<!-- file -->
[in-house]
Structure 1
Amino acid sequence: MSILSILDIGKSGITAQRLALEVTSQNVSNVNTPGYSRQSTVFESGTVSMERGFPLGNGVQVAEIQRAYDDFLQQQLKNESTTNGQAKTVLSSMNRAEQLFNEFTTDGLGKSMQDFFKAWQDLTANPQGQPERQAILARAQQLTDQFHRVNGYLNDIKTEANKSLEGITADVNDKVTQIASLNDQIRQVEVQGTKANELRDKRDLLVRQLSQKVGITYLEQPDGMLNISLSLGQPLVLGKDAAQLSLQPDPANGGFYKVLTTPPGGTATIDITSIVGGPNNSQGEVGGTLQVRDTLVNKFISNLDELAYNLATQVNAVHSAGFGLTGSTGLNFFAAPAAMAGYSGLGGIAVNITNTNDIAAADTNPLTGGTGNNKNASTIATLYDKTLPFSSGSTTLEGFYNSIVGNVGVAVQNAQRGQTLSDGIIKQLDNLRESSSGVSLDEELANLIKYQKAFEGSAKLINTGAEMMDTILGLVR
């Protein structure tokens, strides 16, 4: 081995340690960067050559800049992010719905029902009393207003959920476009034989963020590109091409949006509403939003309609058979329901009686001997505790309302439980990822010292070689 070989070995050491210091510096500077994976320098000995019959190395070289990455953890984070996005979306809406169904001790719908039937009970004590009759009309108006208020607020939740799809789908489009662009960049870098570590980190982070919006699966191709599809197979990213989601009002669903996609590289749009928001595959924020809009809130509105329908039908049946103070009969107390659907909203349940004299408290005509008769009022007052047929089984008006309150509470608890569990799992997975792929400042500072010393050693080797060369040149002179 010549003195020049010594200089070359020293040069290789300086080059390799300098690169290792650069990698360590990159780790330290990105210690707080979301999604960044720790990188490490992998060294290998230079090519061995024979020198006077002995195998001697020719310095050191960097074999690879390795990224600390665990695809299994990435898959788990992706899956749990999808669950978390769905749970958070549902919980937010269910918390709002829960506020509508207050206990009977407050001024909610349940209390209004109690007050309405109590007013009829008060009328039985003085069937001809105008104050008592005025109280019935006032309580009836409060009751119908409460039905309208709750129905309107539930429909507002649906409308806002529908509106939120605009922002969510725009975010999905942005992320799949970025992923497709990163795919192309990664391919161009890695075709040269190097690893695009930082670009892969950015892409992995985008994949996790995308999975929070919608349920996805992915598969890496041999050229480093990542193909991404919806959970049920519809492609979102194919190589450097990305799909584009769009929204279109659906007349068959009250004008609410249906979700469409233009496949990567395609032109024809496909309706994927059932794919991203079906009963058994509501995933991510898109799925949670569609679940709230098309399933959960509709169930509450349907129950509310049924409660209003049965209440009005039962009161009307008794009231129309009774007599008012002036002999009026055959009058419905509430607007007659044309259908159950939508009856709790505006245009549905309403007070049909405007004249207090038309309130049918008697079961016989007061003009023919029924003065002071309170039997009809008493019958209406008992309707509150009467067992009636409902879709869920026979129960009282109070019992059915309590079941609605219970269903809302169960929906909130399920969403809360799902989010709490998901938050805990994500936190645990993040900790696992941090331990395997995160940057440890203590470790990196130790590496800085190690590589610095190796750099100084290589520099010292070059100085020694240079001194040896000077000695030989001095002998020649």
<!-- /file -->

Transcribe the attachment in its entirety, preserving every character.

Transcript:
[in-house]
Structure 1
Amino acid sequence: MSILSILDIGKSGITAQRLALEVTSQNVSNVNTPGYSRQSTVFESGTVSMERGFPLGNGVQVAEIQRAYDDFLQQQLKNESTTNGQAKTVLSSMNRAEQLFNEFTTDGLGKSMQDFFKAWQDLTANPQGQPERQAILARAQQLTDQFHRVNGYLNDIKTEANKSLEGITADVNDKVTQIASLNDQIRQVEVQGTKANELRDKRDLLVRQLSQKVGITYLEQPDGMLNISLSLGQPLVLGKDAAQLSLQPDPANGGFYKVLTTPPGGTATIDITSIVGGPNNSQGEVGGTLQVRDTLVNKFISNLDELAYNLATQVNAVHSAGFGLTGSTGLNFFAAPAAMAGYSGLGGIAVNITNTNDIAAADTNPLTGGTGNNKNASTIATLYDKTLPFSSGSTTLEGFYNSIVGNVGVAVQNAQRGQTLSDGIIKQLDNLRESSSGVSLDEELANLIKYQKAFEGSAKLINTGAEMMDTILGLVR
């Protein structure tokens, strides 16, 4: 081995340690960067050559800049992010719905029902009393207003959920476009034989963020590109091409949006509403939003309609058979329901009686001997505790309302439980990822010292070689 070989070995050491210091510096500077994976320098000995019959190395070289990455953890984070996005979306809406169904001790719908039937009970004590009759009309108006208020607020939740799809789908489009662009960049870098570590980190982070919006699966191709599809197979990213989601009002669903996609590289749009928001595959924020809009809130509105329908039908049946103070009969107390659907909203349940004299408290005509008769009022007052047929089984008006309150509470608890569990799992997975792929400042500072010393050693080797060369040149002179 010549003195020049010594200089070359020293040069290789300086080059390799300098690169290792650069990698360590990159780790330290990105210690707080979301999604960044720790990188490490992998060294290998230079090519061995024979020198006077002995195998001697020719310095050191960097074999690879390795990224600390665990695809299994990435898959788990992706899956749990999808669950978390769905749970958070549902919980937010269910918390709002829960506020509508207050206990009977407050001024909610349940209390209004109690007050309405109590007013009829008060009328039985003085069937001809105008104050008592005025109280019935006032309580009836409060009751119908409460039905309208709750129905309107539930429909507002649906409308806002529908509106939120605009922002969510725009975010999905942005992320799949970025992923497709990163795919192309990664391919161009890695075709040269190097690893695009930082670009892969950015892409992995985008994949996790995308999975929070919608349920996805992915598969890496041999050229480093990542193909991404919806959970049920519809492609979102194919190589450097990305799909584009769009929204279109659906007349068959009250004008609410249906979700469409233009496949990567395609032109024809496909309706994927059932794919991203079906009963058994509501995933991510898109799925949670569609679940709230098309399933959960509709169930509450349907129950509310049924409660209003049965209440009005039962009161009307008794009231129309009774007599008012002036002999009026055959009058419905509430607007007659044309259908159950939508009856709790505006245009549905309403007070049909405007004249207090038309309130049918008697079961016989007061003009023919029924003065002071309170039997009809008493019958209406008992309707509150009467067992009636409902879709869920026979129960009282109070019992059915309590079941609605219970269903809302169960929906909130399920969403809360799902989010709490998901938050805990994500936190645990993040900790696992941090331990395997995160940057440890203590470790990196130790590496800085190690590589610095190796750099100084290589520099010292070059100085020694240079001194040896000077000695030989001095002998020649």